Research

Cytomegalovirus- The Other Side of the Story

Cytomegalovirus or commonly referred to as CMV is a member of the Herpes virus. It can commonly affect anyone. Though people suffering from Aids stand with a higher chance of being diagnosed with CMV. The virus can start to replicate in a person’s body if there has been an exchange of fluids through sexual intercourse or other means.

According to Harrison’s Principle of Internal Medicine, Bone Marrow Transplant has become one frequent way through which this virus is transported.

Common symptoms of Cytomegalovirus as reported by Harvard Medical School include a sore throat, fatigue, long period of fever, muscle pain with other minor symptoms. Although recently, it has also become a major cause of blindness among people.

A lot of studies has been put into understanding this virus and to arrive at the decision whether CMV can be classified as a harmless virus or not. Medical Scientists agree on the fact that the virus is unlikely to be a major concern for healthy people with a strong immune system.

Although the virus may last in the patient’s body forever, it might not intensify the medical conditions known to be caused by it. Alternatively, it might boost the patient’s immune system providing a stronger defense mechanism against a lot of the caused complications.

To back up the above-mentioned hypothesis, an experiment was conducted by Dr. Nikolich Zugich where several mice, with the CMV virus in their body, were tested and compared with healthy mice. The two types of mice were then infected with Listeria, a bacteria that commonly causes fever and diarrhea. The purpose of conducting this research was to examine whether the mice with CMV in their body would be able to defend themselves more efficiently than the younger healthy mice or not.

The results appeared to be utterly shocking for Dr. Nikolich who initially thought that the mice with CMV  would be unable to defend themselves from Listeria. Though the functioning of the immune system gets weakened with age, the results proved otherwise. Mice infected with CMV were able to develop a strong immune system actively protecting itself from the infected bacteria.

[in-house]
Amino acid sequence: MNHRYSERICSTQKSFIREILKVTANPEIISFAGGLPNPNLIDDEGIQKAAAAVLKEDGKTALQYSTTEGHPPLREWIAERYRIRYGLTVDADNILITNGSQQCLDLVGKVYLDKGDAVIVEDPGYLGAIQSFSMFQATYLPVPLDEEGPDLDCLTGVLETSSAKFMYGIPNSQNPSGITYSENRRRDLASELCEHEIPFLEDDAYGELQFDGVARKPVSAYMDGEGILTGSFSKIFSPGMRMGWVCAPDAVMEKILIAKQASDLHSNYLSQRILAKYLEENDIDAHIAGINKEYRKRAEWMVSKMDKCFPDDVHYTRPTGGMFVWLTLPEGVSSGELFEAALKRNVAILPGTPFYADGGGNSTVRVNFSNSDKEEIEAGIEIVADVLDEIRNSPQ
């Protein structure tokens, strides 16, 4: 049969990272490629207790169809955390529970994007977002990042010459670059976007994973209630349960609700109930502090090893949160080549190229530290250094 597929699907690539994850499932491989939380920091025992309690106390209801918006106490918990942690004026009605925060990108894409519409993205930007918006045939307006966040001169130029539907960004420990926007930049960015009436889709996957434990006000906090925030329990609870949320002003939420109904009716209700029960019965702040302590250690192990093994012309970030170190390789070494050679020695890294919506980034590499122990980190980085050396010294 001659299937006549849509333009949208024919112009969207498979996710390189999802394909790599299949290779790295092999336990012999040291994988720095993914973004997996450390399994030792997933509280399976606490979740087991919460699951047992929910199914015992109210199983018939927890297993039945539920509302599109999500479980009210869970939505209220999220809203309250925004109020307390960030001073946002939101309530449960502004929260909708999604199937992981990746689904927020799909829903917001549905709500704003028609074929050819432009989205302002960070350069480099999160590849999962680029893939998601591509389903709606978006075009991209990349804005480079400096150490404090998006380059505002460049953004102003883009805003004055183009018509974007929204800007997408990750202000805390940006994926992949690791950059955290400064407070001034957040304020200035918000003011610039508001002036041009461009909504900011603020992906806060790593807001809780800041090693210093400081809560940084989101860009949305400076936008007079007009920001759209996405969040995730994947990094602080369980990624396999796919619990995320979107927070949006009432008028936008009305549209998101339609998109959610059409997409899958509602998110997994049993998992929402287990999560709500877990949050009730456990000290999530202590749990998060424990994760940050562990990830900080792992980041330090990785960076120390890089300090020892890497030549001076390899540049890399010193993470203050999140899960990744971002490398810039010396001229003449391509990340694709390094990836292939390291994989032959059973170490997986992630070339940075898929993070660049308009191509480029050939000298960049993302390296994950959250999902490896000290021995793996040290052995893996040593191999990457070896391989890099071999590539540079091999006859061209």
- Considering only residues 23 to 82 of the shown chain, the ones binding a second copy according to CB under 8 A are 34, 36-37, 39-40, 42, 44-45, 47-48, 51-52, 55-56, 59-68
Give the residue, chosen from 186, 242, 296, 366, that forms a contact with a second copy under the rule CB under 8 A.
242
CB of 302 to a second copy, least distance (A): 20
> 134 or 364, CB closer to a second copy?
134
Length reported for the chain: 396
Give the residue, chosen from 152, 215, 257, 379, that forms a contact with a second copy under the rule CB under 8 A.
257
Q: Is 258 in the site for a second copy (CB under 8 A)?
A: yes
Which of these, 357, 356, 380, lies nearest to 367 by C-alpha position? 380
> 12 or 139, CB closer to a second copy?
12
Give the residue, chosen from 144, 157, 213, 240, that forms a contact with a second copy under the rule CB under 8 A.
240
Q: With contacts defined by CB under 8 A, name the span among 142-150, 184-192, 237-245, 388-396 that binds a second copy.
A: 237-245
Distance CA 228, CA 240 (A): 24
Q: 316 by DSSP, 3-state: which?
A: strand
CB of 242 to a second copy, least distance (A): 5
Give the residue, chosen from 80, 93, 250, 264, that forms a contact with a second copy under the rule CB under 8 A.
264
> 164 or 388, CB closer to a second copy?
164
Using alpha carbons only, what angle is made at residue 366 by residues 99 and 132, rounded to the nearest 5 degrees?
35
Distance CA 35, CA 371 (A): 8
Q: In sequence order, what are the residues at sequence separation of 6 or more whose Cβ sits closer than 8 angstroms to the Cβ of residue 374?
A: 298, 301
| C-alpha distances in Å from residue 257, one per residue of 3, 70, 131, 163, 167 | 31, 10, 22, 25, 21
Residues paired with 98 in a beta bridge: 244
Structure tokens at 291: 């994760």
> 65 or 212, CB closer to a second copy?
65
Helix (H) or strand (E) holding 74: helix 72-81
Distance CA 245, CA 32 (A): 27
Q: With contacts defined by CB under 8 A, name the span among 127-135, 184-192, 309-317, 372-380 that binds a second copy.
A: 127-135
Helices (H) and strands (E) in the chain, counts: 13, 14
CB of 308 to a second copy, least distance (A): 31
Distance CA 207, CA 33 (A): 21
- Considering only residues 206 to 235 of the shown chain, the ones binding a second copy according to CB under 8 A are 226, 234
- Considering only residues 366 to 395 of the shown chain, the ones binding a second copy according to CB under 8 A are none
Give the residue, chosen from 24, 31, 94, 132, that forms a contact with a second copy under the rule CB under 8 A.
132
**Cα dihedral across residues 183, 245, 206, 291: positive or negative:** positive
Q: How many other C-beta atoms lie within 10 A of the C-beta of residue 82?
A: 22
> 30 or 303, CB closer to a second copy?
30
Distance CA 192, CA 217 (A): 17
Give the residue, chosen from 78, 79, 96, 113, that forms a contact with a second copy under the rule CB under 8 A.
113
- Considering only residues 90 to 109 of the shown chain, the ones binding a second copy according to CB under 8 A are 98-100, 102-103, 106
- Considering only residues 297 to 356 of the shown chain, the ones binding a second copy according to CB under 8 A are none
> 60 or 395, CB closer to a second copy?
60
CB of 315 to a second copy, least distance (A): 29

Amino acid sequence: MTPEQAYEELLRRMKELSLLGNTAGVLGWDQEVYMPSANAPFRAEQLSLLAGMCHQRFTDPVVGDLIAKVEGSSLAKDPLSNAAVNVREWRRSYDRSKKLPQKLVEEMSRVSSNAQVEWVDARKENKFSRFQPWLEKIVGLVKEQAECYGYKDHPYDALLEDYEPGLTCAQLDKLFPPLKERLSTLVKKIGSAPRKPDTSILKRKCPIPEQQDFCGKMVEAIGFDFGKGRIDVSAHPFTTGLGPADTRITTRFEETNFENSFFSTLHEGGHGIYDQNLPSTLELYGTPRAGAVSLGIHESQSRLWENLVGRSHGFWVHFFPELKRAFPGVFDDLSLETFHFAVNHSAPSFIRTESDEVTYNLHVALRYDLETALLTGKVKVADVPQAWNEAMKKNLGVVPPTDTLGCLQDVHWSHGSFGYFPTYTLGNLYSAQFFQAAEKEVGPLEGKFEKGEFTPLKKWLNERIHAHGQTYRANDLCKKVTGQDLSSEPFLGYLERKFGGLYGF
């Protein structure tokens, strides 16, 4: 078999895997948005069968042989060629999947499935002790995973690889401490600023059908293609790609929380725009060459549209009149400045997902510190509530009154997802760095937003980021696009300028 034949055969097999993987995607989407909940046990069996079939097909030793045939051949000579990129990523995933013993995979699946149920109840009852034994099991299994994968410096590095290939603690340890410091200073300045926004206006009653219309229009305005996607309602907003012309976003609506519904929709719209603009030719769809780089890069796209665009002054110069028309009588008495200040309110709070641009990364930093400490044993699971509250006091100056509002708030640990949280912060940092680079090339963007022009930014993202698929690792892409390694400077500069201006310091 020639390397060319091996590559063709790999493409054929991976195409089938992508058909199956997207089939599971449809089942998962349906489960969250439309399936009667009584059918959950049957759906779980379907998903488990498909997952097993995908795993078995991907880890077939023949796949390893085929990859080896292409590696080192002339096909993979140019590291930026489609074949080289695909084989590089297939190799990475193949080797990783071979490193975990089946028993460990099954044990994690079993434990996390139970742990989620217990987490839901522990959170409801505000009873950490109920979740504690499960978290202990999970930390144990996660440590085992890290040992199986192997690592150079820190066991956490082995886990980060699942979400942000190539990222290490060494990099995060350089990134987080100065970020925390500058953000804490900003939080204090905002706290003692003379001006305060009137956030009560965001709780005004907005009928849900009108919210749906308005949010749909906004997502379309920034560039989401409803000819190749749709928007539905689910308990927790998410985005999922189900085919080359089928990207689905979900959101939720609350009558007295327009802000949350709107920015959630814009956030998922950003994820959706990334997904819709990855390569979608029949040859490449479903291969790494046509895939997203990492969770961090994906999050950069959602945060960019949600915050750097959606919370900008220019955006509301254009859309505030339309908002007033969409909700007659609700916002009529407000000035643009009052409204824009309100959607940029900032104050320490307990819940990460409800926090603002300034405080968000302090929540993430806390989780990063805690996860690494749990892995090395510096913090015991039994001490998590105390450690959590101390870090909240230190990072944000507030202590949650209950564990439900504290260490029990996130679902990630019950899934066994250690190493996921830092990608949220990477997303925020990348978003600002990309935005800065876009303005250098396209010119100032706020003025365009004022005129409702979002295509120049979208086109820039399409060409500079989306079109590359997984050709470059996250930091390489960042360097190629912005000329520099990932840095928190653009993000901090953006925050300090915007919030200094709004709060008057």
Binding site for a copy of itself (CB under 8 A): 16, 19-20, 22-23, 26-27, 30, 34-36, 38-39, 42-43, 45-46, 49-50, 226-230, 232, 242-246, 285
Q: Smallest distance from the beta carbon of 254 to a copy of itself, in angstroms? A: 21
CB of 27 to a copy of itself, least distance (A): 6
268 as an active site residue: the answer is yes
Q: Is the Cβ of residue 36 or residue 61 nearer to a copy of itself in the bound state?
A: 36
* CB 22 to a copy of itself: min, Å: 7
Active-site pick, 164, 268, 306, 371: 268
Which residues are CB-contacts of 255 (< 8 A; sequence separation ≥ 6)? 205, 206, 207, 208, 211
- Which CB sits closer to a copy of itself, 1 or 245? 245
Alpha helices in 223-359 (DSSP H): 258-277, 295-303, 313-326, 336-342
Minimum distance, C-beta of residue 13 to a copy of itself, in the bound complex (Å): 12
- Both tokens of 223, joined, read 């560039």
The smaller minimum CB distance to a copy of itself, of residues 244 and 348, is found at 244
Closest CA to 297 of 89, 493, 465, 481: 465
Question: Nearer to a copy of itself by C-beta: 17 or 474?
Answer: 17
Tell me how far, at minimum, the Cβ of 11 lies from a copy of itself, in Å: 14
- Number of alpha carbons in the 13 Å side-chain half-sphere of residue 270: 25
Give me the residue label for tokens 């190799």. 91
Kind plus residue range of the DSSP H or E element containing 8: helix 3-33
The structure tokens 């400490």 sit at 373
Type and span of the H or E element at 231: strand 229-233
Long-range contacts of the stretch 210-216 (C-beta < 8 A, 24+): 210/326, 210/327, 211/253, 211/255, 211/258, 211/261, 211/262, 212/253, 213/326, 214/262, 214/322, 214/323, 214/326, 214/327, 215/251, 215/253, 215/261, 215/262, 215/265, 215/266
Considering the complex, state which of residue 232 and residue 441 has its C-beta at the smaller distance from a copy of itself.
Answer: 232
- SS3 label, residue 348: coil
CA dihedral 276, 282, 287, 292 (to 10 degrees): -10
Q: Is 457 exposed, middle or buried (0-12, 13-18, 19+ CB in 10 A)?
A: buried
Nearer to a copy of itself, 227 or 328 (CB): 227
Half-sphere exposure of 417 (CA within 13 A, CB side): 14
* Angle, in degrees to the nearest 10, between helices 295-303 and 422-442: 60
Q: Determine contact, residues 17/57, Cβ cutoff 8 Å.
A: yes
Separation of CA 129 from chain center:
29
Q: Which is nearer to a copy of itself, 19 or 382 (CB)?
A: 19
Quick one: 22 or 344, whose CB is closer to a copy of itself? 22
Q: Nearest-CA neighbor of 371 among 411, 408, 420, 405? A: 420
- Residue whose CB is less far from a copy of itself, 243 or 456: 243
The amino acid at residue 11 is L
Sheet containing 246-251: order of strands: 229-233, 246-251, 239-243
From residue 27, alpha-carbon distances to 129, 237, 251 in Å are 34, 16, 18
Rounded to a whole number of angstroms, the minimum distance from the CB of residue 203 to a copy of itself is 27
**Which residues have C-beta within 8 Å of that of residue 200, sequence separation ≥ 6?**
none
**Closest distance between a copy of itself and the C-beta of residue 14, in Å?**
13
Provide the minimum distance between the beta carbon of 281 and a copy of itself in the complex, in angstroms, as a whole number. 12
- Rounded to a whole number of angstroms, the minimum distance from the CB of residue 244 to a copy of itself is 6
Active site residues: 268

To understand why that was the case, medical scientists are still in the process of finding an accurate explanation. However, Dr Nikolich has come up with a probable reason. He found out that CMV virus caused T cells to multiply. T cells or T-lymphocyte are classified as white-blood cells in charge of defending the body from outside pathogens and bacteria by secreting antibodies. Thereby, CMV stimulated the reproduction of T cells that was similarly the case for the healthy mice.

Apart from that, there was another extensive research done by the National Center for Biotechnology Information to find the relationship between Cytomegalovirus and immunity. The findings showed that the presence of CMV in a person’s body can act as a robust defense against influenza by improving immunity.

The purpose of this research paper was to bring into discussion the controversy surrounding the Cytomegalovirus. Known to affect a large chunk of the population which includes newborns as well, scientific discoveries have proved that there remains significantly a close relationship between this virus and strengthening of the immune system. Though immunity of a person knowingly decreases with age, CMV can stimulate the replication of T cells which can counter this problem.

To make a final judgment regarding CMV and the benefits that it entails, would be difficult at this point. Medical scientists throughout the world are extensively pursuing research on this issue and are coming up with various theories to strengthen their research. However, Cytomegalovirus may not be as dangerous as it has commonly known to be.

REFERENCES

https://www.ncbi.nlm.nih.gov/pmc/articles/PMC4505610
https://www.medicalnewstoday.com/articles/322347.php
https://www.health.harvard.edu/your-immune-system/cytomegalovirus-cmv-

Related Articles

Leave a Reply

Your email address will not be published. Required fields are marked *

Close

Adblock Detected

Please consider supporting us by disabling your ad blocker